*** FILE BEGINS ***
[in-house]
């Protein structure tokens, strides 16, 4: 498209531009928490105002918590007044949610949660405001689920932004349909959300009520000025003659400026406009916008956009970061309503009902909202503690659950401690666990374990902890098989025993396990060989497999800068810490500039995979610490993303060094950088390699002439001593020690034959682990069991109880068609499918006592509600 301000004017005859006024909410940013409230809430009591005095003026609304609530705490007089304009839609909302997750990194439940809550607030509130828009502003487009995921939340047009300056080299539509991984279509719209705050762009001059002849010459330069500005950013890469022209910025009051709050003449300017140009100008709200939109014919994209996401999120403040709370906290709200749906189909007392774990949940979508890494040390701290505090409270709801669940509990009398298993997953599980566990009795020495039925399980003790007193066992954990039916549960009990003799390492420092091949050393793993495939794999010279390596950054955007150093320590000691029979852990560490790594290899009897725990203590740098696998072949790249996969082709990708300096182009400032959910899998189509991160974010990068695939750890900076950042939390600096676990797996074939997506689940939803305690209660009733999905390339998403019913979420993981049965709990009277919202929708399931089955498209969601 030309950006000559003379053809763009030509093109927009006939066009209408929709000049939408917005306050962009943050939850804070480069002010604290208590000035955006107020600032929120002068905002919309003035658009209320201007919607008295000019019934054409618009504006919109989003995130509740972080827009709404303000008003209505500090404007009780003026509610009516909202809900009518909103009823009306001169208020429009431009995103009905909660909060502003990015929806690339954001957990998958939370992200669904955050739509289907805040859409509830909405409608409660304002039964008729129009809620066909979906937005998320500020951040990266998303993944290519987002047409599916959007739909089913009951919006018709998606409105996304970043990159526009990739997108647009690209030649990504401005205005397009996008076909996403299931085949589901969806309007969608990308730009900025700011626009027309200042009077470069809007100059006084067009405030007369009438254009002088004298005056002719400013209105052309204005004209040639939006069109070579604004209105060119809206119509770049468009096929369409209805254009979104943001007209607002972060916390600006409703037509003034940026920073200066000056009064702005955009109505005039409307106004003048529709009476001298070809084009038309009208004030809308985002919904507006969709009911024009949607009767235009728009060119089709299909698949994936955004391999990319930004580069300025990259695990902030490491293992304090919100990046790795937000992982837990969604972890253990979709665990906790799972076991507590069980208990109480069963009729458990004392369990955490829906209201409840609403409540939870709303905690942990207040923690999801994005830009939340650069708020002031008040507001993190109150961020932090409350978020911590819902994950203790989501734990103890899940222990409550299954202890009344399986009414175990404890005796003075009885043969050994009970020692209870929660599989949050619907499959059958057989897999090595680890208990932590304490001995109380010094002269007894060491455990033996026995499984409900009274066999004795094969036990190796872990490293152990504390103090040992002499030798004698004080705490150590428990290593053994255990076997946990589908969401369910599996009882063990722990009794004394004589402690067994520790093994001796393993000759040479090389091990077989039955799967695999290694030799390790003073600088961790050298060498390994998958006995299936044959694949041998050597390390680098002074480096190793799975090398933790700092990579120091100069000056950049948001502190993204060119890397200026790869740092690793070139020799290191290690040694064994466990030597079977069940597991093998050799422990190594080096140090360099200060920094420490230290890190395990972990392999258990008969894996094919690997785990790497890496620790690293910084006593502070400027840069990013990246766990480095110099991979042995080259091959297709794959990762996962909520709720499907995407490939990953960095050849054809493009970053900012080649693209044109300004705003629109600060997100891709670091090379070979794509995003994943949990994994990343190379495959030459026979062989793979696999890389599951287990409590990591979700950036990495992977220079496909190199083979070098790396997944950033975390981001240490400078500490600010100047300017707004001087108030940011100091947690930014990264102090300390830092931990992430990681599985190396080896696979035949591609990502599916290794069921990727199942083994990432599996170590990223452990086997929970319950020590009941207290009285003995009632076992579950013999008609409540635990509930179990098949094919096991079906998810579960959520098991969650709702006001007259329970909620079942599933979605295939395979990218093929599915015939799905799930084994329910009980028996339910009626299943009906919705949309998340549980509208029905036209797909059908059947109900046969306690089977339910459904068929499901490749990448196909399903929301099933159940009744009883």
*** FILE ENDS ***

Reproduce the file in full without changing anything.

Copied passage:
[in-house]
């Protein structure tokens, strides 16, 4: 498209531009928490105002918590007044949610949660405001689920932004349909959300009520000025003659400026406009916008956009970061309503009902909202503690659950401690666990374990902890098989025993396990060989497999800068810490500039995979610490993303060094950088390699002439001593020690034959682990069991109880068609499918006592509600 301000004017005859006024909410940013409230809430009591005095003026609304609530705490007089304009839609909302997750990194439940809550607030509130828009502003487009995921939340047009300056080299539509991984279509719209705050762009001059002849010459330069500005950013890469022209910025009051709050003449300017140009100008709200939109014919994209996401999120403040709370906290709200749906189909007392774990949940979508890494040390701290505090409270709801669940509990009398298993997953599980566990009795020495039925399980003790007193066992954990039916549960009990003799390492420092091949050393793993495939794999010279390596950054955007150093320590000691029979852990560490790594290899009897725990203590740098696998072949790249996969082709990708300096182009400032959910899998189509991160974010990068695939750890900076950042939390600096676990797996074939997506689940939803305690209660009733999905390339998403019913979420993981049965709990009277919202929708399931089955498209969601 030309950006000559003379053809763009030509093109927009006939066009209408929709000049939408917005306050962009943050939850804070480069002010604290208590000035955006107020600032929120002068905002919309003035658009209320201007919607008295000019019934054409618009504006919109989003995130509740972080827009709404303000008003209505500090404007009780003026509610009516909202809900009518909103009823009306001169208020429009431009995103009905909660909060502003990015929806690339954001957990998958939370992200669904955050739509289907805040859409509830909405409608409660304002039964008729129009809620066909979906937005998320500020951040990266998303993944290519987002047409599916959007739909089913009951919006018709998606409105996304970043990159526009990739997108647009690209030649990504401005205005397009996008076909996403299931085949589901969806309007969608990308730009900025700011626009027309200042009077470069809007100059006084067009405030007369009438254009002088004298005056002719400013209105052309204005004209040639939006069109070579604004209105060119809206119509770049468009096929369409209805254009979104943001007209607002972060916390600006409703037509003034940026920073200066000056009064702005955009109505005039409307106004003048529709009476001298070809084009038309009208004030809308985002919904507006969709009911024009949607009767235009728009060119089709299909698949994936955004391999990319930004580069300025990259695990902030490491293992304090919100990046790795937000992982837990969604972890253990979709665990906790799972076991507590069980208990109480069963009729458990004392369990955490829906209201409840609403409540939870709303905690942990207040923690999801994005830009939340650069708020002031008040507001993190109150961020932090409350978020911590819902994950203790989501734990103890899940222990409550299954202890009344399986009414175990404890005796003075009885043969050994009970020692209870929660599989949050619907499959059958057989897999090595680890208990932590304490001995109380010094002269007894060491455990033996026995499984409900009274066999004795094969036990190796872990490293152990504390103090040992002499030798004698004080705490150590428990290593053994255990076997946990589908969401369910599996009882063990722990009794004394004589402690067994520790093994001796393993000759040479090389091990077989039955799967695999290694030799390790003073600088961790050298060498390994998958006995299936044959694949041998050597390390680098002074480096190793799975090398933790700092990579120091100069000056950049948001502190993204060119890397200026790869740092690793070139020799290191290690040694064994466990030597079977069940597991093998050799422990190594080096140090360099200060920094420490230290890190395990972990392999258990008969894996094919690997785990790497890496620790690293910084006593502070400027840069990013990246766990480095110099991979042995080259091959297709794959990762996962909520709720499907995407490939990953960095050849054809493009970053900012080649693209044109300004705003629109600060997100891709670091090379070979794509995003994943949990994994990343190379495959030459026979062989793979696999890389599951287990409590990591979700950036990495992977220079496909190199083979070098790396997944950033975390981001240490400078500490600010100047300017707004001087108030940011100091947690930014990264102090300390830092931990992430990681599985190396080896696979035949591609990502599916290794069921990727199942083994990432599996170590990223452990086997929970319950020590009941207290009285003995009632076992579950013999008609409540635990509930179990098949094919096991079906998810579960959520098991969650709702006001007259329970909620079942599933979605295939395979990218093929599915015939799905799930084994329910009980028996339910009626299943009906919705949309998340549980509208029905036209797909059908059947109900046969306690089977339910459904068929499901490749990448196909399903929301099933159940009744009883």